While Mr. Slater introduces as much information as can be included in his compositions, Dalton Portella strives for a decidedly more minimalist approach, as evidenced in Blue Turn (watercolor, 2015). Constructing the image of a shark turning as if moving to unheard music in an undersea ballet, the work gains in impact from the artist’s powerful use of negative space to hint at the spectacular scope of the predator’s aquatic theatrical amphitheater.

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"Blue Turn" by Dalton Portella. Watercolor.

"Blue Turn" by Dalton Portella. Watercolor.

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A graceful use of negative space and an elegant sense of motion are also important elements in Will Ryan’s Blue Wave (encaustic, 2005) which also highlights this artist’s masterful use of rhythmically delicate blue coloration. Conjuring an ineffable measure of harmony and tempo through his simple flow of brush strokes, it is almost impossible to look at this work and not hear strains of flowing jazz-like echoes as one’s eyes are drawn across the surface of the painting.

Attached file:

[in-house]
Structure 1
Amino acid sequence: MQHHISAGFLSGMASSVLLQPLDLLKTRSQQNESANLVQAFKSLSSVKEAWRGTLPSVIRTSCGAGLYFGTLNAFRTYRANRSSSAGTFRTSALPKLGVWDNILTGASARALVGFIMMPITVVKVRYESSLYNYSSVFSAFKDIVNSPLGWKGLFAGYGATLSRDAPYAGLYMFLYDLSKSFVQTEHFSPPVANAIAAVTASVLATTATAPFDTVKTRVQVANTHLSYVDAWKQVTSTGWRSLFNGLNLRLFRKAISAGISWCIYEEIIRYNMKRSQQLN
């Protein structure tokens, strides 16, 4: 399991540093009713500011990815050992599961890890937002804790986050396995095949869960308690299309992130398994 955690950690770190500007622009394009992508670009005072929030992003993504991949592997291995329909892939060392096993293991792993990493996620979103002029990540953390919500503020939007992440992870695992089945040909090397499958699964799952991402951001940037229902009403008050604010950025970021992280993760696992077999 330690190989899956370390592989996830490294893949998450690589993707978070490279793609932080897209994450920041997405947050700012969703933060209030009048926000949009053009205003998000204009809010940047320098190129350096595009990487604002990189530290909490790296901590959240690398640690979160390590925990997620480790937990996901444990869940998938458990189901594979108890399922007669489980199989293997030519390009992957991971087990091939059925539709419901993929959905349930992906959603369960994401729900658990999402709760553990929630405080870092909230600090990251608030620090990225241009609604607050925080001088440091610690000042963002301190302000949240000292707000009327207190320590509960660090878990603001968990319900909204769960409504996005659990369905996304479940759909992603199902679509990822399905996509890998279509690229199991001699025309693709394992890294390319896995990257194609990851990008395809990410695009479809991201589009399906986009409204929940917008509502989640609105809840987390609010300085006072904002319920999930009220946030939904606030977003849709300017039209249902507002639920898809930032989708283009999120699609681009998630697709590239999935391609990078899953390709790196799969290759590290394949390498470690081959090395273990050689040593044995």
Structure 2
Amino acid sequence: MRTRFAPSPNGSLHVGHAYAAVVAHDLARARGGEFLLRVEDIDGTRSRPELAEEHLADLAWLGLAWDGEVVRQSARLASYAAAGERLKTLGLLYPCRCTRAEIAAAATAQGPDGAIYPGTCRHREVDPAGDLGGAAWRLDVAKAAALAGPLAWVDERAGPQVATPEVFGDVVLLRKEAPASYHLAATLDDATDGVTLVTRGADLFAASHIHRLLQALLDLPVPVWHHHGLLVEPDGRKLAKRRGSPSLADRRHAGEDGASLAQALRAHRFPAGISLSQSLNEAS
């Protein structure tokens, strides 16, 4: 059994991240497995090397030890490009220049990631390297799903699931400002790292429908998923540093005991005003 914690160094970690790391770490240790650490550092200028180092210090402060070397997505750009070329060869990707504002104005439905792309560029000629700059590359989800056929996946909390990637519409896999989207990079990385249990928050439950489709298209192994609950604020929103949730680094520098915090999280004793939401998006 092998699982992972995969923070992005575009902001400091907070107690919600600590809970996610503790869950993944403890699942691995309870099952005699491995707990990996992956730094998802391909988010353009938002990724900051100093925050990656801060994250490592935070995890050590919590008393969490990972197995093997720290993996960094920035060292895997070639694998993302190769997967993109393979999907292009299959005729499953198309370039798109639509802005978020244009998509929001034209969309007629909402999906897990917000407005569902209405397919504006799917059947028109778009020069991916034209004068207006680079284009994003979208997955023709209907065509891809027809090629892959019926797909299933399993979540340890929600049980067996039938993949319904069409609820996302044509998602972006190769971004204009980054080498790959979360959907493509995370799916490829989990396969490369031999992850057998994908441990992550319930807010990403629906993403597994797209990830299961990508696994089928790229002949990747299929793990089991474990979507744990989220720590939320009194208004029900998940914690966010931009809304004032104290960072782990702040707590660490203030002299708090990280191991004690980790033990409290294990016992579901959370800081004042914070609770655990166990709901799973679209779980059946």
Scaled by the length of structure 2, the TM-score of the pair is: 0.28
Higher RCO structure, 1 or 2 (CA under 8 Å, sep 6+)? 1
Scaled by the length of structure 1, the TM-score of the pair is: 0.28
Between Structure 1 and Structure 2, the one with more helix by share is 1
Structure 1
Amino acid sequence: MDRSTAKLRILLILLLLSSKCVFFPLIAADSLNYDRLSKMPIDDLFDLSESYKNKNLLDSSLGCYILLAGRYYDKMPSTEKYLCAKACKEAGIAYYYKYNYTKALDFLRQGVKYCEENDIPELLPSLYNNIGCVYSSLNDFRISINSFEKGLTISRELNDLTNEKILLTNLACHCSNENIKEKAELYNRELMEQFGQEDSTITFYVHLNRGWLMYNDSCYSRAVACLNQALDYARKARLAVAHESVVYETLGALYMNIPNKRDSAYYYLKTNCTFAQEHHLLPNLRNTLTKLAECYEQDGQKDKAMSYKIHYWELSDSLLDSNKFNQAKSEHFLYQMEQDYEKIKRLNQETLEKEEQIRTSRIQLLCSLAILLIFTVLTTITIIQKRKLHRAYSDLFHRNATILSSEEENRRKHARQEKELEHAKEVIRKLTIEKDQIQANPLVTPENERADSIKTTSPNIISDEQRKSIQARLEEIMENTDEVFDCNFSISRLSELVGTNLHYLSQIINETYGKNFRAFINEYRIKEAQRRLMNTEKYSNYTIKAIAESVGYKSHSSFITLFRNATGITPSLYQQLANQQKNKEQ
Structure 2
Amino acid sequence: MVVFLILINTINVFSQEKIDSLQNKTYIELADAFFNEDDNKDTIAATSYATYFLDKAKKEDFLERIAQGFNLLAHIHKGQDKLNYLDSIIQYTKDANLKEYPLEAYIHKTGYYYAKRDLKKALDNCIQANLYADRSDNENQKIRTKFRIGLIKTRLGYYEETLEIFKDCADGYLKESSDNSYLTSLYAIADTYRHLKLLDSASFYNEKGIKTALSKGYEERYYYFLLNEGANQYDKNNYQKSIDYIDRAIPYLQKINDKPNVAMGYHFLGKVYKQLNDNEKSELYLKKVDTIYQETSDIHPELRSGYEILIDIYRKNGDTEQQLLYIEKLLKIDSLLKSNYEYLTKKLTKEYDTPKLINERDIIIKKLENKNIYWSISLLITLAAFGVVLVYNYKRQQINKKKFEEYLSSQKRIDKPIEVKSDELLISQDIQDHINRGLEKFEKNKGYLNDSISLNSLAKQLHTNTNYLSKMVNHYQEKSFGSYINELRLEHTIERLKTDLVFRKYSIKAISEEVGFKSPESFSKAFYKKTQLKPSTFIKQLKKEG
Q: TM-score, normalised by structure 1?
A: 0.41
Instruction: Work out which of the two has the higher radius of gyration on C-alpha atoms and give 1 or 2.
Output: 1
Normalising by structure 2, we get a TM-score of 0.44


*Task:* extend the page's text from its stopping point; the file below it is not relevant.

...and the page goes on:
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"Blue Wave" by Will Ryan. Encaustic.

"Blue Wave" by Will Ryan. Encaustic.

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Also of particular note in the exhibition are Hans Van de Bovenkamp’s Mayan Garden (bronze), Karyn Mannix’s Lips (oil), Ned Smyth’s Torso Cliff (color print, 2014), Peter Dayton’s Stella #18-Devil Surf (gesso and resin on wood) and Nico Yektai’s Bench #12 (cherry).

To see the works mentioned above, view our slideshow:

View Slideshow

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BASIC FACTS: “East End Collected2,” curated by Paton Miller, is on view May 5 to June 12, 2016 at the Southampton Arts Center, 25 Jobs Lane, Southampton, NY 11968. www.southamptonartscenter.org.

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Copyright 2016 Hamptons Art Hub LLC. All rights reserved.